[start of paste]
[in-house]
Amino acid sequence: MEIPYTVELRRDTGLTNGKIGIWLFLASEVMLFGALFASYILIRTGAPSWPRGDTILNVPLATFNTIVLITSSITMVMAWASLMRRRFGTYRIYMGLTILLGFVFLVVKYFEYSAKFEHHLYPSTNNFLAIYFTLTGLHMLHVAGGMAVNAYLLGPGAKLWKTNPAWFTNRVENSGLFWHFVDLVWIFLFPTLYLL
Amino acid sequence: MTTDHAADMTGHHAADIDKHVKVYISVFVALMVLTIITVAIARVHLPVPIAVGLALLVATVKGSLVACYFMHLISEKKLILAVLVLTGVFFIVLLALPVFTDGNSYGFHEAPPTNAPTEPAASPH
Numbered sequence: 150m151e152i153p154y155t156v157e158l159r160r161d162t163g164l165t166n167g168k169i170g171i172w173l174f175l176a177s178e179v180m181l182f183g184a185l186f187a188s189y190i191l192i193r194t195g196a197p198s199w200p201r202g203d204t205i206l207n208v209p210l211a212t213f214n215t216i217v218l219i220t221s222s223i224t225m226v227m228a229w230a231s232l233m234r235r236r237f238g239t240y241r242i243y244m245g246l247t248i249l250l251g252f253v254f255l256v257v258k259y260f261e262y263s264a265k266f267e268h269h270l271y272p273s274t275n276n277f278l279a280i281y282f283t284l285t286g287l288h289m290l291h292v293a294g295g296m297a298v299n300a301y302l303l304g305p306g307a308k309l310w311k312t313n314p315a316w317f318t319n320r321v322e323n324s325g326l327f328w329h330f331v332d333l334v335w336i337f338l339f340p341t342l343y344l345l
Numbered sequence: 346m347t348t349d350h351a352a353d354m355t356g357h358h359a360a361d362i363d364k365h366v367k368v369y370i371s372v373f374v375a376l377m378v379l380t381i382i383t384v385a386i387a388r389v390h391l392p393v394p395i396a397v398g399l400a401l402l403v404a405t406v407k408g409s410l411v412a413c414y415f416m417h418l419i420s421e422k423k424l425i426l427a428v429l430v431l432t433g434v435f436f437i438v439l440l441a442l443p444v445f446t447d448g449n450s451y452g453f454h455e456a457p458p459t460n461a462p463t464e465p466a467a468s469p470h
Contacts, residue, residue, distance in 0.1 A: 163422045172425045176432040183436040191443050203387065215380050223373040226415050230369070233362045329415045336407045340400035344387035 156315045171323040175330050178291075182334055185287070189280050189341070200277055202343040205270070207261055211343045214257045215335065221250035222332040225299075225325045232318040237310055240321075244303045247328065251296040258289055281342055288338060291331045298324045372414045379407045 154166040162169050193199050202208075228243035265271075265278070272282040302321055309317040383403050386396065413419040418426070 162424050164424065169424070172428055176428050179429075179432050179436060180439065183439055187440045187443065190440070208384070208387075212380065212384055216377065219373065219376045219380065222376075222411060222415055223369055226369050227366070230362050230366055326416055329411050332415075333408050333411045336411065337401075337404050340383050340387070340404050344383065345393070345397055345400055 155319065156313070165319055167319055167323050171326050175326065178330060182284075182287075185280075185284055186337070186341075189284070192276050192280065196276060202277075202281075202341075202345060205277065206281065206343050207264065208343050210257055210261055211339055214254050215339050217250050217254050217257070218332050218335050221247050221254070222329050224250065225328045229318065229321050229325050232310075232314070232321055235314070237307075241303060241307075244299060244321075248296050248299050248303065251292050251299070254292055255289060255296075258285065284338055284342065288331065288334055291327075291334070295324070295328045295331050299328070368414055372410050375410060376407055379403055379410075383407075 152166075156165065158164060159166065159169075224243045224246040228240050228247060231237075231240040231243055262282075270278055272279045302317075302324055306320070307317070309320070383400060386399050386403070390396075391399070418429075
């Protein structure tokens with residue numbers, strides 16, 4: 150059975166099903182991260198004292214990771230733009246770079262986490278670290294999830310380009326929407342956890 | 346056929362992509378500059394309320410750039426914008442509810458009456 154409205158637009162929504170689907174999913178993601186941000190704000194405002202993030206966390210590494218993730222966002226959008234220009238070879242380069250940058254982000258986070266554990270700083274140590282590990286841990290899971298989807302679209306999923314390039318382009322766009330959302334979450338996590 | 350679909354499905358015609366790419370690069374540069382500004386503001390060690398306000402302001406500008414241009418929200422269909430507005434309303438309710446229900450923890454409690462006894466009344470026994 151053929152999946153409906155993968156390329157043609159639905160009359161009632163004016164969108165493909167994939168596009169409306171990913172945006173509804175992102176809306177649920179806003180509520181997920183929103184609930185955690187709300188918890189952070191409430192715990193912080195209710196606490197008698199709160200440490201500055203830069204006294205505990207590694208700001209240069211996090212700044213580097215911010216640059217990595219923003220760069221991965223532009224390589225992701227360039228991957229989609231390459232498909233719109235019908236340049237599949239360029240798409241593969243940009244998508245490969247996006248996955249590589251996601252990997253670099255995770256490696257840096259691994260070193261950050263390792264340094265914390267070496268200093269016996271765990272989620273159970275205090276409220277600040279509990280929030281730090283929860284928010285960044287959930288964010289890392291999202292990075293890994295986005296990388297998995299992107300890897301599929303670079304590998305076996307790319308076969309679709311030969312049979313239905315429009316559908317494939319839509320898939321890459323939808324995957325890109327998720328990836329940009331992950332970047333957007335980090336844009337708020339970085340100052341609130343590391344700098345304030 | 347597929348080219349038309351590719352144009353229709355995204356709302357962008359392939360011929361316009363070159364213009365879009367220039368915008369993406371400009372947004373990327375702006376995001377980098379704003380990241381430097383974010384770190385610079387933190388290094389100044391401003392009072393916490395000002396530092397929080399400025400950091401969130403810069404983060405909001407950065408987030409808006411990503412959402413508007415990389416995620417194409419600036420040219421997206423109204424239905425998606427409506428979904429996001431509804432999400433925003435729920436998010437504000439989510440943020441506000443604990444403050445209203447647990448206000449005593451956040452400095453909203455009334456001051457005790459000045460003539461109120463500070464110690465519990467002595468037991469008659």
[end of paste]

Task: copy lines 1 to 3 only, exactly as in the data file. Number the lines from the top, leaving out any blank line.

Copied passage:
[in-house]
Amino acid sequence: MEIPYTVELRRDTGLTNGKIGIWLFLASEVMLFGALFASYILIRTGAPSWPRGDTILNVPLATFNTIVLITSSITMVMAWASLMRRRFGTYRIYMGLTILLGFVFLVVKYFEYSAKFEHHLYPSTNNFLAIYFTLTGLHMLHVAGGMAVNAYLLGPGAKLWKTNPAWFTNRVENSGLFWHFVDLVWIFLFPTLYLL
Amino acid sequence: MTTDHAADMTGHHAADIDKHVKVYISVFVALMVLTIITVAIARVHLPVPIAVGLALLVATVKGSLVACYFMHLISEKKLILAVLVLTGVFFIVLLALPVFTDGNSYGFHEAPPTNAPTEPAASPH